Venezuela prosecutor opposes extradition of rebel
CARACAS, Venezuela (AP) — Venezuela's top prosecutor said Thursday that she doesn't think Colombia has provided a proper request for the extradition of a Colombian rebel commander who was captured in Venezuela.
Attorney General Luisa Ortega said she has provided her opinion to the Supreme Court, which will decide on Colombia's extradition request.
Guillermo Torres Cueter, better known by the alias "Julian Conrado," was captured in southwestern Venezuela in May, and the authorities say he is a commander of the Revolutionary Armed Forces of Colombia, or FARC.
Ortega told state television that the accusations Colombia cited in its extradition request were "different from the crimes on which he is wanted."
Colombian officials did not immediately react to Ortega's announcement.
The authorities have described Torres as the most senior FARC commander captured since 2004 in Venezuela.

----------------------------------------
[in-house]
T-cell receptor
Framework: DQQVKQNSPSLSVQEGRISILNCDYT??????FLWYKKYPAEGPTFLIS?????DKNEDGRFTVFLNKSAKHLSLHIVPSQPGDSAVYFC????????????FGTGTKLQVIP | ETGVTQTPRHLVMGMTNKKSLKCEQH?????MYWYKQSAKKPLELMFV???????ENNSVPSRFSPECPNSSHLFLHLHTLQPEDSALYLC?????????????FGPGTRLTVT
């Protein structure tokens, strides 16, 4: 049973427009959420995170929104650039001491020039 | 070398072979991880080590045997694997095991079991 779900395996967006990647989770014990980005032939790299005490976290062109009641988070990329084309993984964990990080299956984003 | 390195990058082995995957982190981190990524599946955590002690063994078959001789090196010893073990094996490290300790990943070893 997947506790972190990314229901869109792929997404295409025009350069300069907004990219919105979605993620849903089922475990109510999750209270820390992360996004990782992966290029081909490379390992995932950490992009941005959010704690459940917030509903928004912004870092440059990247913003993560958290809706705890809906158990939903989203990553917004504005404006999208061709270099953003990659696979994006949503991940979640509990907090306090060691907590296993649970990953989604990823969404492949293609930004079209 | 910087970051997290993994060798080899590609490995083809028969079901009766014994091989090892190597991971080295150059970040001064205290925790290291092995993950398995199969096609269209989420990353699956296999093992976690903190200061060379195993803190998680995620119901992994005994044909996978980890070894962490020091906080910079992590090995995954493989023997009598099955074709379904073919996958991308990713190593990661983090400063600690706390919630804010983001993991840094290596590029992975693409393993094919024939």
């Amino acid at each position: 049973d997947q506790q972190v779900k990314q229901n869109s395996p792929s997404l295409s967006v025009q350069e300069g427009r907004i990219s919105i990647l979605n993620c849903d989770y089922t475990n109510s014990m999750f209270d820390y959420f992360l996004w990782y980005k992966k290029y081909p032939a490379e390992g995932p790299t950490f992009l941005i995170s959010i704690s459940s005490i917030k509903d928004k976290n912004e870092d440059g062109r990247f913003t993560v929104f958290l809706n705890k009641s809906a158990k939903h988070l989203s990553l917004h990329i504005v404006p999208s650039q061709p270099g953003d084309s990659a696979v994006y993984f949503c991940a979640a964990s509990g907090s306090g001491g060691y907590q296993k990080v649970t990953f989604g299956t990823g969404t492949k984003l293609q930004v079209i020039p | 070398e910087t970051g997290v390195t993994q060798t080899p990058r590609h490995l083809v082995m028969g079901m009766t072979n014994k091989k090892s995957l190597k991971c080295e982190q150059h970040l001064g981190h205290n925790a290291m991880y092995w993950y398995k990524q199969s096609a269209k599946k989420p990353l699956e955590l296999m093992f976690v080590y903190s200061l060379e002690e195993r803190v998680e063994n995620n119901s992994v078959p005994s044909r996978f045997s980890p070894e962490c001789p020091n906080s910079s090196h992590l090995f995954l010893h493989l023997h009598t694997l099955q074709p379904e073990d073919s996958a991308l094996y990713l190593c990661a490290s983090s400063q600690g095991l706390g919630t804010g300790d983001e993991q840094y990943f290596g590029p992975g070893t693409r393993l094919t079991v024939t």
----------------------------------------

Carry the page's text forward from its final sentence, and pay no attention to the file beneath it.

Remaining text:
He is wanted by Colombian authorities on charges of homicide, kidnapping and rebellion.
The U.S. government had also offered a $2.5 million reward for information leading to Torres' capture. The U.S. State Department said he participated in directing the FARC's production and distribution of cocaine bound for the United States and other countries.
Venezuela's Communist Party, which is allied with President Hugo Chavez's government, has joined with some human rights organizations in calling for Venezuela to grant asylum to Torres.
Chavez said in June that Torres' capture indicated that cooperation between Venezuela and neighboring Colombia was producing positive results. Colombian President Juan Manuel Santos also praised Torres' capture, which was carried out by Venezuelan authorities with help from Colombian officials.